This essay Dr Jekyl And Mr Hyde - Chapter Summary has a total of 2540 words and 11 pages.
Dr Jekyl and Mr Hyde - Chapter Summary
The story begins with a description of Mr. Utterson, a lawyer in London. Mr. Utterson is a reserved, conservative man who does not reveal his true, vibrant personality. He tolerates the strangeness and faults of other. Early in his life, he watched as his brother fell to ruin, and it is noted that he is often the last respectable person that men who are turning to evil or ruin have to talk to. This foreshadows Utterson's involvement with upcoming evil.
Mr. Utterson is friends with Richard Enfield, although the two are totally different from one another. They always took walks with each other on Sundays no matter what else they might have to do. As they walk down a lane on Sunday that would usually be crowded with merchants and children during the week, Enfield points out an old building without many windows, and only a basement door.
Enfield tells a story of how, one night at about 3:00 am, he saw a strange, deformed man round the corner and bump into a young girl. The strange man did not stop but simply walked right over the young girl, who cried out in terror. Enfield rushed over and attended the girl along with her family. Still, the strange man carried on, so Enfield chased him down and urged him back. A doctor was called and Enfield and the doctor felt an odd hatred of the man, warning the man that they would discredit him in every way possible unless he compensated the girl. The strange man agreed to offer 100 British pounds.
Enfield notes that the man is like Satan in the way he seems emotionally cold to the situation. The strange man presented a cheque signed by an important person, which they together cashed the next morning. Enfield states that he refers to the building as Black Mail House. Utterson asks Enfield if he ever asked who lived in the building, but Enfield explains that he doesn't ask questions about strange things:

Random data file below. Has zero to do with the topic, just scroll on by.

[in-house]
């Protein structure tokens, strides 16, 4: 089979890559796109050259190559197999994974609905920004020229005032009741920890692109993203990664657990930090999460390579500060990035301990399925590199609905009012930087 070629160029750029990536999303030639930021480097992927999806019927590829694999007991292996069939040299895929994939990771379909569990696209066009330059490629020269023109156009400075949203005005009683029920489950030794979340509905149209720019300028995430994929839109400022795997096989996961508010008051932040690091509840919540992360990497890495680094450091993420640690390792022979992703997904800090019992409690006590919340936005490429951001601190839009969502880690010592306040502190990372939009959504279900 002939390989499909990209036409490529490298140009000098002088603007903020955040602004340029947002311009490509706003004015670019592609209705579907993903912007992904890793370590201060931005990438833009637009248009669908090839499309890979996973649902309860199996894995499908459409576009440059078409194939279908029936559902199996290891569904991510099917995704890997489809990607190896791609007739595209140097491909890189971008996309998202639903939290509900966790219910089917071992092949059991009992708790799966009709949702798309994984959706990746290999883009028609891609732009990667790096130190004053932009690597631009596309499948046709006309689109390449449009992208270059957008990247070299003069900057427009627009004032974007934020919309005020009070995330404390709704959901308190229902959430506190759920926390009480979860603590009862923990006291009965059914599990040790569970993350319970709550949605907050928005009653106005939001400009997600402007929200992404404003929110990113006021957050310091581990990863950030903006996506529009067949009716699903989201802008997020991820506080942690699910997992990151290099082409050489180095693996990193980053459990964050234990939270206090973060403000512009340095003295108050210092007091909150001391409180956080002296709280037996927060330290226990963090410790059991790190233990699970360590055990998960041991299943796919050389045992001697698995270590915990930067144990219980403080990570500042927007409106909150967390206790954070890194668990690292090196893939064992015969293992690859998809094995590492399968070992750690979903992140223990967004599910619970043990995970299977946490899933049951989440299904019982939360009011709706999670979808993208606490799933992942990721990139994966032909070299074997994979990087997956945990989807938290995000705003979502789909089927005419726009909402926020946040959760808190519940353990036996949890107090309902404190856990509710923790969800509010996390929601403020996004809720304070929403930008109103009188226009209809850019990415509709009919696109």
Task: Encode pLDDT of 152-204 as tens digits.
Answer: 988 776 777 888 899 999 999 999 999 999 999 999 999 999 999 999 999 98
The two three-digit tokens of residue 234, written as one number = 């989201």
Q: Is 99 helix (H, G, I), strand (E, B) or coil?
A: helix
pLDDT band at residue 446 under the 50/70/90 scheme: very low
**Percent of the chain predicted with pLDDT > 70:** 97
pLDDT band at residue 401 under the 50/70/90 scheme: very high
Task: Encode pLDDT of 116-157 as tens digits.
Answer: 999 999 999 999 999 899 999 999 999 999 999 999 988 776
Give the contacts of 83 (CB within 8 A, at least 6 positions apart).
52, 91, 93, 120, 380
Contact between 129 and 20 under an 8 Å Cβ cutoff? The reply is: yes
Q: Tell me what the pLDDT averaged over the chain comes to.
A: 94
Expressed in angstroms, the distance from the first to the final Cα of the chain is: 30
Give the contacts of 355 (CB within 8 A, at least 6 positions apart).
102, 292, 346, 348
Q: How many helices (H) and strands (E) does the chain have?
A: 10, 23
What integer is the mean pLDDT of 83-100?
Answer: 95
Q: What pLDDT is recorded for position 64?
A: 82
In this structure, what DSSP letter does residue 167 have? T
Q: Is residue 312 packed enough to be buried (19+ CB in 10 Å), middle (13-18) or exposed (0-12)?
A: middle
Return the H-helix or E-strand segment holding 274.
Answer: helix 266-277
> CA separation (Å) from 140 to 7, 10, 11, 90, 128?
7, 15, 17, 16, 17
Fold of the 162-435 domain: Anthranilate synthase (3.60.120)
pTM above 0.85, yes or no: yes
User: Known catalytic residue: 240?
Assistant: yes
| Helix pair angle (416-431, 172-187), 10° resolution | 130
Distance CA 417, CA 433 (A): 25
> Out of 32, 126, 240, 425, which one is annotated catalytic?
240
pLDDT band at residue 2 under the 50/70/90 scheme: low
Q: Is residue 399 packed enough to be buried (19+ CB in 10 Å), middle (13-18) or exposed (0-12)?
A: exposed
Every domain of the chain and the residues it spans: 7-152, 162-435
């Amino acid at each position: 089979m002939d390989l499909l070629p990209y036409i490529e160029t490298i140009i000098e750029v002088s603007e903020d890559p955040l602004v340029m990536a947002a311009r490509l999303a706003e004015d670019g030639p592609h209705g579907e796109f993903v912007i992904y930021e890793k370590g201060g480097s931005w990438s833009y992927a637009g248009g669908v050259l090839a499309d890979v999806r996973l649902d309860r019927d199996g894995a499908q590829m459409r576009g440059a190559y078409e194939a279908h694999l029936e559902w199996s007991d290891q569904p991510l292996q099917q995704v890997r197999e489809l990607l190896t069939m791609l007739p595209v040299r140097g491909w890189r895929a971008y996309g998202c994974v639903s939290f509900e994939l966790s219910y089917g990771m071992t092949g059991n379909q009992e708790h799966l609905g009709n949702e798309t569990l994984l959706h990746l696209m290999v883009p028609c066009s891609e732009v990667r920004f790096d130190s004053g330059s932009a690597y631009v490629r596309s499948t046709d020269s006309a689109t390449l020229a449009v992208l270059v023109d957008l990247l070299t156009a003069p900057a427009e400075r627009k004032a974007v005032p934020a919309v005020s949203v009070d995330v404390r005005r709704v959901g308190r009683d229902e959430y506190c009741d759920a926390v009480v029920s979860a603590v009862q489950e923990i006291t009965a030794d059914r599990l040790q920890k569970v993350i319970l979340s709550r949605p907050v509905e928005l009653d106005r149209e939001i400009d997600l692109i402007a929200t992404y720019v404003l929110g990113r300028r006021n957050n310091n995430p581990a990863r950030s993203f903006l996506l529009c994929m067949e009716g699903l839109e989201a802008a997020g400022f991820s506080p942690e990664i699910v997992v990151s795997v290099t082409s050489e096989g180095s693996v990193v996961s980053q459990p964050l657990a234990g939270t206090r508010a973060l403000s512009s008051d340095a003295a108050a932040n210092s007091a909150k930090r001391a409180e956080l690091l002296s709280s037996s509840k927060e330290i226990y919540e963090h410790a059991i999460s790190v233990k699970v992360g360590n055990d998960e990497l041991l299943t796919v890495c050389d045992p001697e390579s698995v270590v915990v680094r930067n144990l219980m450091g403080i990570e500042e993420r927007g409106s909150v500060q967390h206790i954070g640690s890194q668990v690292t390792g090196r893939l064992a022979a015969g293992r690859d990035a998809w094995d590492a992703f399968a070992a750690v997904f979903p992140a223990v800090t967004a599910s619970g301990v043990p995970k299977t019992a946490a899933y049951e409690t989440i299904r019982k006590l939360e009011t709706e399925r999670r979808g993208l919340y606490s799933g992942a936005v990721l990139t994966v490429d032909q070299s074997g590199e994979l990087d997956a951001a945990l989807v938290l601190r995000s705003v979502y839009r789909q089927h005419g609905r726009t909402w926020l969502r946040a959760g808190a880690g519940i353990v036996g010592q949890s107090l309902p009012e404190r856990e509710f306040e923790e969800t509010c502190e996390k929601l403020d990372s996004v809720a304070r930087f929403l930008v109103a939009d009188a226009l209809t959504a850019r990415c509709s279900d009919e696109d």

"the more it looks like Queer Street, the less I ask."
The building appears lived in, and the two men carry on their walk. Enfield continues that the strange man he saw that night looked deformed, though he could explain how. Utterson assures Enfield that his story has caught his interest. The two agree never to talk about the story again.
The same evening, Utterson came home. Instead of reading until sleep at midnight, he poured over the will of his friend Henry Jekyll, a doctor and very educated man. The will stated that Jekyll's possessions and position should be handed over to Mr. Hyde, a friend that Utterson had never heard nor met. Utterson went to the house of Dr. Lanyon, an old school and college friend of Utterson's and Jekyll's, and asked him about Hyde, but Lanyon had never heard of him. Lanyon uses several evil references when talking about Jekyll, such as "devilish", and "gone wrong", foreboding evil relations between Jekyll and Hyde. Utterson knows something is wrong between the two. Utterson can't sleep for the rest of the night.
Utterson considers how the strange man Enfield spoke of could trample a child and care nothing for it. Utterson staked out the door of the strange building looking for the strange man, whom he also believed was Mr. Hyde. One night, he found him. He confronts him as he is about to go inside the strange door, and finds the strange man is indeed Mr. Hyde. Hyde is unpleasant, cool, defiant, and confident. Utterson convinces Hyde to show his face, and Hyde suggests Utterson should know his address, implying that he knows of Jekyll's will. Utterson refers to Hyde to himself as "troglodytic", meaning a primitive human being, detestable and unpleasant. Utterson decides to try and visit Jekyll at the late hour.
At Jekyll's home, he learns from the servants that Hyde never east dinner at Jekyll's house, but is always there in the laboratory, with his own key. The servants rarely see him, but they have orders to obey him. Utterson leaves, and reflects upon his own life, what evil deeds he may be guilty of, and what bad things his friend Jekyll may have done in his life. He decides that this Hyde must be gravely evil, far worse than anything Jekyll may have ever done. Utterson decides to
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